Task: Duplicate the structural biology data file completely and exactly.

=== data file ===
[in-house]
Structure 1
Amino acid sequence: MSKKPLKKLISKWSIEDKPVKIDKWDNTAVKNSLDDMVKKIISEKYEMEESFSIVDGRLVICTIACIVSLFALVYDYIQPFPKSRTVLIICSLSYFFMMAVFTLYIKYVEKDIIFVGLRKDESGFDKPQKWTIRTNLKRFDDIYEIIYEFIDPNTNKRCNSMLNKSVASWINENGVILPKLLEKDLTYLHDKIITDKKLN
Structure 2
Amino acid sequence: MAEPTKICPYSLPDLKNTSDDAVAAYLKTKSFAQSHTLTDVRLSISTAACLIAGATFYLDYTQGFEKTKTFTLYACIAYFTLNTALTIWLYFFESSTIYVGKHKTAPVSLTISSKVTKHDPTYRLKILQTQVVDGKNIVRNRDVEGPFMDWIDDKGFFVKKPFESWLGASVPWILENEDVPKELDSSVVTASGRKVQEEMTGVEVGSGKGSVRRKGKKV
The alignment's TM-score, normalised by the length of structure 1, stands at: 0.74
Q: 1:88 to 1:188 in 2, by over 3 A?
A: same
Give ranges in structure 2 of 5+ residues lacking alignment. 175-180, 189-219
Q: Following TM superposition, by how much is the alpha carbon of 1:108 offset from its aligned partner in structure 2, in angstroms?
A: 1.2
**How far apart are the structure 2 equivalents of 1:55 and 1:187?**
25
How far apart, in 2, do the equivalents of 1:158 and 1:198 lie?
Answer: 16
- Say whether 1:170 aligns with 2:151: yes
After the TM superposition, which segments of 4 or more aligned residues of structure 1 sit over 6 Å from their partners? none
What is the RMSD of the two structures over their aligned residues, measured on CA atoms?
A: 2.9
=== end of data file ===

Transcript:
[in-house]
Structure 1
Amino acid sequence: MSKKPLKKLISKWSIEDKPVKIDKWDNTAVKNSLDDMVKKIISEKYEMEESFSIVDGRLVICTIACIVSLFALVYDYIQPFPKSRTVLIICSLSYFFMMAVFTLYIKYVEKDIIFVGLRKDESGFDKPQKWTIRTNLKRFDDIYEIIYEFIDPNTNKRCNSMLNKSVASWINENGVILPKLLEKDLTYLHDKIITDKKLN
Structure 2
Amino acid sequence: MAEPTKICPYSLPDLKNTSDDAVAAYLKTKSFAQSHTLTDVRLSISTAACLIAGATFYLDYTQGFEKTKTFTLYACIAYFTLNTALTIWLYFFESSTIYVGKHKTAPVSLTISSKVTKHDPTYRLKILQTQVVDGKNIVRNRDVEGPFMDWIDDKGFFVKKPFESWLGASVPWILENEDVPKELDSSVVTASGRKVQEEMTGVEVGSGKGSVRRKGKKV
The alignment's TM-score, normalised by the length of structure 1, stands at: 0.74
Q: 1:88 to 1:188 in 2, by over 3 A?
A: same
Give ranges in structure 2 of 5+ residues lacking alignment. 175-180, 189-219
Q: Following TM superposition, by how much is the alpha carbon of 1:108 offset from its aligned partner in structure 2, in angstroms?
A: 1.2
**How far apart are the structure 2 equivalents of 1:55 and 1:187?**
25
How far apart, in 2, do the equivalents of 1:158 and 1:198 lie?
Answer: 16
- Say whether 1:170 aligns with 2:151: yes
After the TM superposition, which segments of 4 or more aligned residues of structure 1 sit over 6 Å from their partners? none
What is the RMSD of the two structures over their aligned residues, measured on CA atoms?
A: 2.9